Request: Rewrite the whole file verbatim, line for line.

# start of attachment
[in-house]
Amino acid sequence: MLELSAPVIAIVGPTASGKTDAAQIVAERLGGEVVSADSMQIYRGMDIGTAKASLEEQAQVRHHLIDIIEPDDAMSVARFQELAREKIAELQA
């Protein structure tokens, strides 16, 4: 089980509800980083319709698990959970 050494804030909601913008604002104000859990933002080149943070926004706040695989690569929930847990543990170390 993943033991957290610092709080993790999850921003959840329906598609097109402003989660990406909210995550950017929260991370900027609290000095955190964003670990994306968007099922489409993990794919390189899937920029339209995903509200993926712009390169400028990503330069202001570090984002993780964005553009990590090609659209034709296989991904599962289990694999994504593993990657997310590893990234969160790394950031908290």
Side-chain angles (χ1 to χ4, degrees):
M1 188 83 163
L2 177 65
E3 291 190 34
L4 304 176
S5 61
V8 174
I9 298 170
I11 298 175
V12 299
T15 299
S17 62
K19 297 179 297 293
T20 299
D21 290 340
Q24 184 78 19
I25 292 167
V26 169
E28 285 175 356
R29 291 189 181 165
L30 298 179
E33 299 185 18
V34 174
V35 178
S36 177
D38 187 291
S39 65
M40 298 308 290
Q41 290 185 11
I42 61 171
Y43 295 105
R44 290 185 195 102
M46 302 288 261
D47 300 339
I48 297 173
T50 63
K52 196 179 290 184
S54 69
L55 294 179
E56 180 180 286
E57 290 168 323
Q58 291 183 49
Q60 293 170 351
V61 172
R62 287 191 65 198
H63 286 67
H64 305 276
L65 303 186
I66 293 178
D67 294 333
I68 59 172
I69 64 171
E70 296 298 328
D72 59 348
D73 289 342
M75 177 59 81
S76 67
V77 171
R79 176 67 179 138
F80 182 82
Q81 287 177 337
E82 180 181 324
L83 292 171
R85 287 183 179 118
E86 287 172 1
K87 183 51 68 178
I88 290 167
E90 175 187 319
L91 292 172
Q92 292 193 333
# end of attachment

[in-house]
Amino acid sequence: MLELSAPVIAIVGPTASGKTDAAQIVAERLGGEVVSADSMQIYRGMDIGTAKASLEEQAQVRHHLIDIIEPDDAMSVARFQELAREKIAELQA
């Protein structure tokens, strides 16, 4: 089980509800980083319709698990959970 050494804030909601913008604002104000859990933002080149943070926004706040695989690569929930847990543990170390 993943033991957290610092709080993790999850921003959840329906598609097109402003989660990406909210995550950017929260991370900027609290000095955190964003670990994306968007099922489409993990794919390189899937920029339209995903509200993926712009390169400028990503330069202001570090984002993780964005553009990590090609659209034709296989991904599962289990694999994504593993990657997310590893990234969160790394950031908290």
Side-chain angles (χ1 to χ4, degrees):
M1 188 83 163
L2 177 65
E3 291 190 34
L4 304 176
S5 61
V8 174
I9 298 170
I11 298 175
V12 299
T15 299
S17 62
K19 297 179 297 293
T20 299
D21 290 340
Q24 184 78 19
I25 292 167
V26 169
E28 285 175 356
R29 291 189 181 165
L30 298 179
E33 299 185 18
V34 174
V35 178
S36 177
D38 187 291
S39 65
M40 298 308 290
Q41 290 185 11
I42 61 171
Y43 295 105
R44 290 185 195 102
M46 302 288 261
D47 300 339
I48 297 173
T50 63
K52 196 179 290 184
S54 69
L55 294 179
E56 180 180 286
E57 290 168 323
Q58 291 183 49
Q60 293 170 351
V61 172
R62 287 191 65 198
H63 286 67
H64 305 276
L65 303 186
I66 293 178
D67 294 333
I68 59 172
I69 64 171
E70 296 298 328
D72 59 348
D73 289 342
M75 177 59 81
S76 67
V77 171
R79 176 67 179 138
F80 182 82
Q81 287 177 337
E82 180 181 324
L83 292 171
R85 287 183 179 118
E86 287 172 1
K87 183 51 68 178
I88 290 167
E90 175 187 319
L91 292 172
Q92 292 193 333